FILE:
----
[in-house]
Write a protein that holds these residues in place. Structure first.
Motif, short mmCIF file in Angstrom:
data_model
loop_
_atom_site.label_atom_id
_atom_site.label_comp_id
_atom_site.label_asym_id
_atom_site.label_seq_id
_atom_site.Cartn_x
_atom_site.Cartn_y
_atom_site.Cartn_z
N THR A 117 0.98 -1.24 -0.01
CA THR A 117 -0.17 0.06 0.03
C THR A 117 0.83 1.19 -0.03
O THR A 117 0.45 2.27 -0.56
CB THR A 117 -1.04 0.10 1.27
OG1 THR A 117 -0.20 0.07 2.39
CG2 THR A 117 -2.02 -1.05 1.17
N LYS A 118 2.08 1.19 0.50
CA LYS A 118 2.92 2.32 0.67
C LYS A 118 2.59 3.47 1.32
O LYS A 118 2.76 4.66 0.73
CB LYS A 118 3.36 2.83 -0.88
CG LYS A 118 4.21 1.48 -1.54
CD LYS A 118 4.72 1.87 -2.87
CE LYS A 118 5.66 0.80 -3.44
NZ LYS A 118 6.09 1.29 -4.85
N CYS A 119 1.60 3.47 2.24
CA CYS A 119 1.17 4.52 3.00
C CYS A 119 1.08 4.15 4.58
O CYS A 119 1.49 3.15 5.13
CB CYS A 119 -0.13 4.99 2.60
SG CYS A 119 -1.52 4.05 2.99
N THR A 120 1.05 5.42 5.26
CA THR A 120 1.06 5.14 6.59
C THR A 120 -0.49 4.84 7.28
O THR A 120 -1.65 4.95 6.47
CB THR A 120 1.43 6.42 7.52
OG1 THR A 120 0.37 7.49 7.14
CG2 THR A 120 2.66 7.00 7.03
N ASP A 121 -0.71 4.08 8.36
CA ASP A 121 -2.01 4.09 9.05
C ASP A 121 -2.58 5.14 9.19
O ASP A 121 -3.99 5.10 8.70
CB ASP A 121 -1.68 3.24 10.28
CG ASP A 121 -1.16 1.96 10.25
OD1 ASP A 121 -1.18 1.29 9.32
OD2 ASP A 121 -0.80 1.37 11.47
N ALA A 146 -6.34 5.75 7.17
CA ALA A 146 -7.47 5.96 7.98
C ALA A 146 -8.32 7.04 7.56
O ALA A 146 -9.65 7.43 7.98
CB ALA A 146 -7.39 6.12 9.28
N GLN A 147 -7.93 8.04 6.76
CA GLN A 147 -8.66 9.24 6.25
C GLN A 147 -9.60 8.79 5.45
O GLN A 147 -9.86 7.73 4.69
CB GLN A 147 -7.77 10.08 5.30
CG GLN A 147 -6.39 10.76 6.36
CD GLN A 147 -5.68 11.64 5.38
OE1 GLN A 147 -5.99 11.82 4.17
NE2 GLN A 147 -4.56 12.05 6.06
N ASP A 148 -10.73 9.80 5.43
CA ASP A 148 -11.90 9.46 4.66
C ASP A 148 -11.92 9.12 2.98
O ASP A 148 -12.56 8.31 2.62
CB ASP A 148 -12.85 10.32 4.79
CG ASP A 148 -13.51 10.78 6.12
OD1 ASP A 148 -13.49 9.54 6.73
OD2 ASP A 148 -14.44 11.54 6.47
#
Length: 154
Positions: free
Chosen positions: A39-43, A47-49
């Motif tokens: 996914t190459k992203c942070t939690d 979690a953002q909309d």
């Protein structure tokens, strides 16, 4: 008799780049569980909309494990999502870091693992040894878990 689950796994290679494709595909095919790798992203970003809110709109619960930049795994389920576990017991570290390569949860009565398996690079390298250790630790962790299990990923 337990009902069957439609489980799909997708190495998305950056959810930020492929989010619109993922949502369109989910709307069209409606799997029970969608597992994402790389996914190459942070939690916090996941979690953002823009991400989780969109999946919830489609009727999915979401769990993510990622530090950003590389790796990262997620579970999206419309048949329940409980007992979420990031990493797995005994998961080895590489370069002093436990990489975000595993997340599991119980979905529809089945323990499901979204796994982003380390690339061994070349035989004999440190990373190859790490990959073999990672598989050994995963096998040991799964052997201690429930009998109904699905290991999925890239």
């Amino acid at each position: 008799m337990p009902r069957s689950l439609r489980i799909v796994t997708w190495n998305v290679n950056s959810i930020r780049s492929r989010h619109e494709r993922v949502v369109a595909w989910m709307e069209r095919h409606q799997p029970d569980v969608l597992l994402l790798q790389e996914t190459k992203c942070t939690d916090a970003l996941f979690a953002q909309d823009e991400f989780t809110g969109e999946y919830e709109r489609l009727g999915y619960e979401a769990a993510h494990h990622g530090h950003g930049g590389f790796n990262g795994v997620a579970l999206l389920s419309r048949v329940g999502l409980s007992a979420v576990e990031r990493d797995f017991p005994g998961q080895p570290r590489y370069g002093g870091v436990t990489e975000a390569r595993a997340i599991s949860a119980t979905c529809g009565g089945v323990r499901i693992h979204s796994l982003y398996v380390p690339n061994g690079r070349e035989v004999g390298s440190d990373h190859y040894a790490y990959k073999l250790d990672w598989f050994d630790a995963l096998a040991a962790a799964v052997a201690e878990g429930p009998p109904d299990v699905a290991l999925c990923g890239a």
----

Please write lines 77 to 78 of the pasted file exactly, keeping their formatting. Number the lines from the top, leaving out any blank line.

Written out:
């Protein structure tokens, strides 16, 4: 008799780049569980909309494990999502870091693992040894878990 689950796994290679494709595909095919790798992203970003809110709109619960930049795994389920576990017991570290390569949860009565398996690079390298250790630790962790299990990923 337990009902069957439609489980799909997708190495998305950056959810930020492929989010619109993922949502369109989910709307069209409606799997029970969608597992994402790389996914190459942070939690916090996941979690953002823009991400989780969109999946919830489609009727999915979401769990993510990622530090950003590389790796990262997620579970999206419309048949329940409980007992979420990031990493797995005994998961080895590489370069002093436990990489975000595993997340599991119980979905529809089945323990499901979204796994982003380390690339061994070349035989004999440190990373190859790490990959073999990672598989050994995963096998040991799964052997201690429930009998109904699905290991999925890239």
């Amino acid at each position: 008799m337990p009902r069957s689950l439609r489980i799909v796994t997708w190495n998305v290679n950056s959810i930020r780049s492929r989010h619109e494709r993922v949502v369109a595909w989910m709307e069209r095919h409606q799997p029970d569980v969608l597992l994402l790798q790389e996914t190459k992203c942070t939690d916090a970003l996941f979690a953002q909309d823009e991400f989780t809110g969109e999946y919830e709109r489609l009727g999915y619960e979401a769990a993510h494990h990622g530090h950003g930049g590389f790796n990262g795994v997620a579970l999206l389920s419309r048949v329940g999502l409980s007992a979420v576990e990031r990493d797995f017991p005994g998961q080895p570290r590489y370069g002093g870091v436990t990489e975000a390569r595993a997340i599991s949860a119980t979905c529809g009565g089945v323990r499901i693992h979204s796994l982003y398996v380390p690339n061994g690079r070349e035989v004999g390298s440190d990373h190859y040894a790490y990959k073999l250790d990672w598989f050994d630790a995963l096998a040991a962790a799964v052997a201690e878990g429930p009998p109904d299990v699905a290991l999925c990923g890239a």